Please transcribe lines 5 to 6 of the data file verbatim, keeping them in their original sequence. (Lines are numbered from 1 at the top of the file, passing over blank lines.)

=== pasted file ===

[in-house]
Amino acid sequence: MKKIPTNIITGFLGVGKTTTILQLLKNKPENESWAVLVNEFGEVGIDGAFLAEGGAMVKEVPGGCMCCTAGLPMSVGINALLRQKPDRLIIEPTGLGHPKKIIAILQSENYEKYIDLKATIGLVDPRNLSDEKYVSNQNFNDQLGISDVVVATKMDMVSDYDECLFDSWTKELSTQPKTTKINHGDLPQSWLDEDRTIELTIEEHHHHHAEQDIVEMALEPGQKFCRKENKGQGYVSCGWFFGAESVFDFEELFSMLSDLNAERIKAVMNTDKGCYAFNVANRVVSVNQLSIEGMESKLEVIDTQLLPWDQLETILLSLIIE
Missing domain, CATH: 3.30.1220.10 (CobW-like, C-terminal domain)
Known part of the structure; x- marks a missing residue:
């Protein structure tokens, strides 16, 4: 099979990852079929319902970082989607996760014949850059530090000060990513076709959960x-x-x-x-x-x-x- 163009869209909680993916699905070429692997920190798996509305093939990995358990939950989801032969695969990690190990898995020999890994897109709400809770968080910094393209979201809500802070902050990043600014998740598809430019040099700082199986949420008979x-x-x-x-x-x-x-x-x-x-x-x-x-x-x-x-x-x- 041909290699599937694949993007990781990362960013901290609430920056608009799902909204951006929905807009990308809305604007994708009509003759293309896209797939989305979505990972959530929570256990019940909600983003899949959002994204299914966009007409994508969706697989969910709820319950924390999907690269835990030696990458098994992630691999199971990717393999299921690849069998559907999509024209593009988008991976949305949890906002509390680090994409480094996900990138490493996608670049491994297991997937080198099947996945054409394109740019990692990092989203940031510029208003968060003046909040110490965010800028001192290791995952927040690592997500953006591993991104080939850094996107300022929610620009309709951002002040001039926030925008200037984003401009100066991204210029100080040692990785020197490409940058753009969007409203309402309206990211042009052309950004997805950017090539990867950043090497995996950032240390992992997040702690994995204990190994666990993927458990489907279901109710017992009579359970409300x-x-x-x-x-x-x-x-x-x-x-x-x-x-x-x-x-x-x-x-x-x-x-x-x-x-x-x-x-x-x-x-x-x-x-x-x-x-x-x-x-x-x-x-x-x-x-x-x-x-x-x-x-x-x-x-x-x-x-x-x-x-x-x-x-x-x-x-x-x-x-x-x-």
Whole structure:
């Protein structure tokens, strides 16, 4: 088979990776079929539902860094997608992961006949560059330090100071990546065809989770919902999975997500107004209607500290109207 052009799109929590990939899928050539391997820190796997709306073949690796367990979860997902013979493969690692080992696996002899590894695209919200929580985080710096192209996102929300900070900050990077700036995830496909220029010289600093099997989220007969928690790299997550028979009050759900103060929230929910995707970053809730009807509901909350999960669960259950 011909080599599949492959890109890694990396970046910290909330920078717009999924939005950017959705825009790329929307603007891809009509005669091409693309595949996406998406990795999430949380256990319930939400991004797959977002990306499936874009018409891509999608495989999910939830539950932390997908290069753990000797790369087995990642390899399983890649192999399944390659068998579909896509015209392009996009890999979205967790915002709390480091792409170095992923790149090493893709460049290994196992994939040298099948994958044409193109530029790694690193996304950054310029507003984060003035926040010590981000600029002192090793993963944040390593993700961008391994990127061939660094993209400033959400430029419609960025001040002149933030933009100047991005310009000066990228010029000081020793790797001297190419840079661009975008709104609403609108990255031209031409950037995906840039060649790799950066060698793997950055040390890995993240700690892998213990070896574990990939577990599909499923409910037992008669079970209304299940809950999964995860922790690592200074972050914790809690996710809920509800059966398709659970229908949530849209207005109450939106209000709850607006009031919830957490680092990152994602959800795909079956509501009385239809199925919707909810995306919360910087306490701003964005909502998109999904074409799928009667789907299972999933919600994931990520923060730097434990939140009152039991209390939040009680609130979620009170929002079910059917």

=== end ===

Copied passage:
């Protein structure tokens, strides 16, 4: 099979990852079929319902970082989607996760014949850059530090000060990513076709959960x-x-x-x-x-x-x- 163009869209909680993916699905070429692997920190798996509305093939990995358990939950989801032969695969990690190990898995020999890994897109709400809770968080910094393209979201809500802070902050990043600014998740598809430019040099700082199986949420008979x-x-x-x-x-x-x-x-x-x-x-x-x-x-x-x-x-x- 041909290699599937694949993007990781990362960013901290609430920056608009799902909204951006929905807009990308809305604007994708009509003759293309896209797939989305979505990972959530929570256990019940909600983003899949959002994204299914966009007409994508969706697989969910709820319950924390999907690269835990030696990458098994992630691999199971990717393999299921690849069998559907999509024209593009988008991976949305949890906002509390680090994409480094996900990138490493996608670049491994297991997937080198099947996945054409394109740019990692990092989203940031510029208003968060003046909040110490965010800028001192290791995952927040690592997500953006591993991104080939850094996107300022929610620009309709951002002040001039926030925008200037984003401009100066991204210029100080040692990785020197490409940058753009969007409203309402309206990211042009052309950004997805950017090539990867950043090497995996950032240390992992997040702690994995204990190994666990993927458990489907279901109710017992009579359970409300x-x-x-x-x-x-x-x-x-x-x-x-x-x-x-x-x-x-x-x-x-x-x-x-x-x-x-x-x-x-x-x-x-x-x-x-x-x-x-x-x-x-x-x-x-x-x-x-x-x-x-x-x-x-x-x-x-x-x-x-x-x-x-x-x-x-x-x-x-x-x-x-x-």
Whole structure: